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Customs House Museum & Cultural Center presents Norman Lerner’s New York Revisited

 

Customs House Museum & Cultural CenterClarksville, TN – Guests of the Customs House Museum & Cultural Center from now through September can get a glimpse of city days gone by with the new exhibition New York Revisited: A Photographic Essay by Norman Lerner.

Skyscrapers, steam rising through street vents, newspaper kiosks near subway entrances, women dressed in high-fashion black−there are few cities that everyone can envision in their head without ever stepping foot there other than New York City.

Norman Lerner - Park

Norman Lerner – Park

The twenty-six photographs feature all the glamour and character of New York City from the 1950s to the 1970s.

Lerner’s skill at capturing special moments of everyday life is evident in such images as Grand Central Station Waiting Room (1954) to a photograph titled Avid Reader (1957) showing a young man sitting atop a statue at the 5th Avenue Plaza reading “Peyton Place.”

The exhibition was guest co-curated by Sara Lee Burd and Paul Polycarpou. Sara, who has worked with the photographer on his catalogue raisonné, writes, “Lerner’s art strikes tensions between visual elements of light and dark, the context and figure, and symmetry and asymmetry.

Norman Lerner - Roving

Norman Lerner – Roving

Through photography he records authentic views of everyday life and often including surprise elements of subtle storytelling.

Approaching Lerner’s works with an active gaze inspires curiosity as the artist presents honest human expressions.”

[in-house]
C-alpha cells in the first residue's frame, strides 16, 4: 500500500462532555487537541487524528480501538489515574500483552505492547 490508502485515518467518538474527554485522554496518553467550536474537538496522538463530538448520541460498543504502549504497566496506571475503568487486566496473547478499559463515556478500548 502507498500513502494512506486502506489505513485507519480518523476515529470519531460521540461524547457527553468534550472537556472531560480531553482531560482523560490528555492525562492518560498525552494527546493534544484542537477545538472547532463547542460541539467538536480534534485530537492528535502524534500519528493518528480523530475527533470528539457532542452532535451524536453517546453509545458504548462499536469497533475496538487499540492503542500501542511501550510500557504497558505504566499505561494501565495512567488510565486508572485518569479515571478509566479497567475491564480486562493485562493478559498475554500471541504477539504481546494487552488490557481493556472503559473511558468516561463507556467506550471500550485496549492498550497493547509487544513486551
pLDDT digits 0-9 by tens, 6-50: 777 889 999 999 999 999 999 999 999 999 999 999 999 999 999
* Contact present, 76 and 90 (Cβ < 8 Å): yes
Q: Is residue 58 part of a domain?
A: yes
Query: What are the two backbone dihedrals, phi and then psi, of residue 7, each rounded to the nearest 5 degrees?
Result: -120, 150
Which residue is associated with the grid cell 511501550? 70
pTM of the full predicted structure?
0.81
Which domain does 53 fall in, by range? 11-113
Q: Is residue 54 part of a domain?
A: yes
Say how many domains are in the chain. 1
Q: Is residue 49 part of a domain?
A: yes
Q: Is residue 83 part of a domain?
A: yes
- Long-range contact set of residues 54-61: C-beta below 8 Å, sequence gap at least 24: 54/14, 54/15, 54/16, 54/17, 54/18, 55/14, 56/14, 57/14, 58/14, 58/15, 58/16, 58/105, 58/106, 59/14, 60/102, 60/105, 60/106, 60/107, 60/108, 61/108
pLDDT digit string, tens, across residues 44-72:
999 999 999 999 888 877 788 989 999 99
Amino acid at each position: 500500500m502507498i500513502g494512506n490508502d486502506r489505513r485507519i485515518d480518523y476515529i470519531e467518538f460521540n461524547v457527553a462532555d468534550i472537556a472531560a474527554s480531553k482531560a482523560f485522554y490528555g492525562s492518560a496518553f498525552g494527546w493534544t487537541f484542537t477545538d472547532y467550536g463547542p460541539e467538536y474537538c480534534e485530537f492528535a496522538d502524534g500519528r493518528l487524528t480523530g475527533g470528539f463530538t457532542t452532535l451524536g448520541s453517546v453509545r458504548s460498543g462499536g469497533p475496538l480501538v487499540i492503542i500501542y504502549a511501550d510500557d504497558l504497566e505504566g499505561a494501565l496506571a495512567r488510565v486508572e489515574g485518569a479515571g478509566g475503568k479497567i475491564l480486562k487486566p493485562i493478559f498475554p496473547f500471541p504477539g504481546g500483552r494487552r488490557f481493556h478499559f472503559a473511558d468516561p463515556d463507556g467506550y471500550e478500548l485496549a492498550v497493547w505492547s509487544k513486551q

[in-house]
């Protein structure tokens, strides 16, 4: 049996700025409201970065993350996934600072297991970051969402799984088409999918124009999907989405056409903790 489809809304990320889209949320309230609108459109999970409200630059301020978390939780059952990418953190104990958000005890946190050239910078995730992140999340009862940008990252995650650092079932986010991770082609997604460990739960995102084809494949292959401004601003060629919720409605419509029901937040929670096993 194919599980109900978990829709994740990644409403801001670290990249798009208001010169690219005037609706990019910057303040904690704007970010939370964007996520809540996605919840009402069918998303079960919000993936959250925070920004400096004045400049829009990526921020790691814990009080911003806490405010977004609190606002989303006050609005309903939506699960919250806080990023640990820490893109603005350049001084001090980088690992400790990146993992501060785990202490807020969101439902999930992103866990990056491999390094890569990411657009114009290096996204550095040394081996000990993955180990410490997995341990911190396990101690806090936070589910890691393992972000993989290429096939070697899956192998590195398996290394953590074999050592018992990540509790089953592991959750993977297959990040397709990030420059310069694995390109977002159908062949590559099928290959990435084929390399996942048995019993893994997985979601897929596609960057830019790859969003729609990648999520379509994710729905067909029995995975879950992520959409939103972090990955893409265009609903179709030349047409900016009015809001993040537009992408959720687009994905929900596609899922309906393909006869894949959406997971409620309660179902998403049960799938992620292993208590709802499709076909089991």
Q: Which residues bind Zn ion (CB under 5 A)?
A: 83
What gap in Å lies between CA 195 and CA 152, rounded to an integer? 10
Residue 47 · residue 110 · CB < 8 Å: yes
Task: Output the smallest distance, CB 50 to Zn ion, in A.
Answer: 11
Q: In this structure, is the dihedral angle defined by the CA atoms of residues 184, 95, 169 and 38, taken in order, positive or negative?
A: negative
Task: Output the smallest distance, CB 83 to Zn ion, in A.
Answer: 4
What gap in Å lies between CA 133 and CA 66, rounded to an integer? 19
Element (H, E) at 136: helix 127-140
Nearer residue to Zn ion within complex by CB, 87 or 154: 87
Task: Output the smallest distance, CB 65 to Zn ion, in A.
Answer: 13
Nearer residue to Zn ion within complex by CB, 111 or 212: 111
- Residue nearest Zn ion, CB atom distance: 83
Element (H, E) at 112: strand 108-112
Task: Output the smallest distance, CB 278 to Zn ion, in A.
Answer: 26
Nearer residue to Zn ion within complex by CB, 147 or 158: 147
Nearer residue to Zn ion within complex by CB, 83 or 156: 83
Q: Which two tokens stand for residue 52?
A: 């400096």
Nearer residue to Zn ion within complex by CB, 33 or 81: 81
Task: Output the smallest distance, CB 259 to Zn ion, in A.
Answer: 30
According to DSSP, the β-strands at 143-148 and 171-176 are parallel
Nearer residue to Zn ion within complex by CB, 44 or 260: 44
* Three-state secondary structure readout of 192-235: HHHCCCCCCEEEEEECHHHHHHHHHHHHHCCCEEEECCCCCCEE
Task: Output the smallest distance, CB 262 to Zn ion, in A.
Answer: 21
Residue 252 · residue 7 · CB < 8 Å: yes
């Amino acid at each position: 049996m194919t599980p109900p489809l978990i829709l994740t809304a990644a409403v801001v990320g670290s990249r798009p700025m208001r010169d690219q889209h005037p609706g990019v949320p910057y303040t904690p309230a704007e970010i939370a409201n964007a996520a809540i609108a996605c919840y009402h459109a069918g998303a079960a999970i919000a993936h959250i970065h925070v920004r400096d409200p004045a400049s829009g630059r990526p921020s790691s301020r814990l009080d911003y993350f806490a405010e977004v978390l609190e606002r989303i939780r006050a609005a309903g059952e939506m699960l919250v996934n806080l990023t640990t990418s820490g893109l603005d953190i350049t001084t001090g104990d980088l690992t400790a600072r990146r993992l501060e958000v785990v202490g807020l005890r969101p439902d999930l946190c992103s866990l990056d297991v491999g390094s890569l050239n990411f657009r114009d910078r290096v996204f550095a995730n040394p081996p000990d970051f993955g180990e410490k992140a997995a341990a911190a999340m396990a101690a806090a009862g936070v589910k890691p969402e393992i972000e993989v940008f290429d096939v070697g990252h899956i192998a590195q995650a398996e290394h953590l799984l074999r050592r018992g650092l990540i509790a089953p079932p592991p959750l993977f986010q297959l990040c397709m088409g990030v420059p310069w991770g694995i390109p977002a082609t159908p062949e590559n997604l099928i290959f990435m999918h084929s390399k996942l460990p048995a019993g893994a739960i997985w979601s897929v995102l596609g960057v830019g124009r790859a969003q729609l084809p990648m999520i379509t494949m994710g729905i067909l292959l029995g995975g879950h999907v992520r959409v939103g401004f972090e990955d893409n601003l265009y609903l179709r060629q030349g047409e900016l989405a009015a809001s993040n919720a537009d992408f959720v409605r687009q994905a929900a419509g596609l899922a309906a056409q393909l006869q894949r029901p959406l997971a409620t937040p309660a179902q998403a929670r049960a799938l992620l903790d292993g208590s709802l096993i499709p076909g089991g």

From the 1950s through the 1970s, Norman Lerner worked as a fashion and commercial photographer in New York City. His work was featured in hundreds of magazines including GQ, Glamour, Look and New York Times Magazine. He maintained an active studio of some 40-50 employees, their primary work coming from the major magazines in the city.

In the 1960s, he was founder and chair of the first fashion photography degree program in the United States at the Fashion Institute of Technology. In the 1970s through the mid-1980s, he was a coordinator of the photography studies program at California Polytechnic State University, and remains connected with the university as Professor Emeritus.

For more information contact Terri Jordan, Exhibits Curator, at 931.648.5780 or

Norman Lerner - Smile

Norman Lerner – Smile

About the Customs House Museum

Customs House Museum and Cultural CenterLocated in the heart of historic downtown Clarksville, Tennessee, the Customs House Museum and Cultural Center is the State’s second largest general museum. The original portion of the building was constructed in 1898 as a U.S. Post Office and Customs House for the flourishing tobacco trade. Incorporating a number of architectural styles, the original structure is one of the most photographed buildings in the region.

With over 35,000 square feet of the region’s best hands-on activities and special events…people of all ages agree – the Customs House Museum is well worth the stop!

The Explorer’s Gallery is packed with fun, learning and fantasy in Aunt Alice’s Attic, McGregor’s Market and kitchen, and of course – the Bubble Cave! Finally, get “all aboard” to see our fantastic model trains. Our volunteer engineers “ride the rails” every Sunday afternoon from 1:00pm to 4:00pm.

Regular museum hours are 10:00am to 5:00pm Tuesday through Saturday, and 1:00pm to 5:00pm on Sundays. Adult admission is $7.00, Senior Citizens and College ID $5.00, Ages 6 to 18 $3.00, and under six years and Museum members are free.

The Customs House Museum is located at 200 South Second Street. For more information, call 931.648.5780 or visit their website at www.customshousemuseum.org


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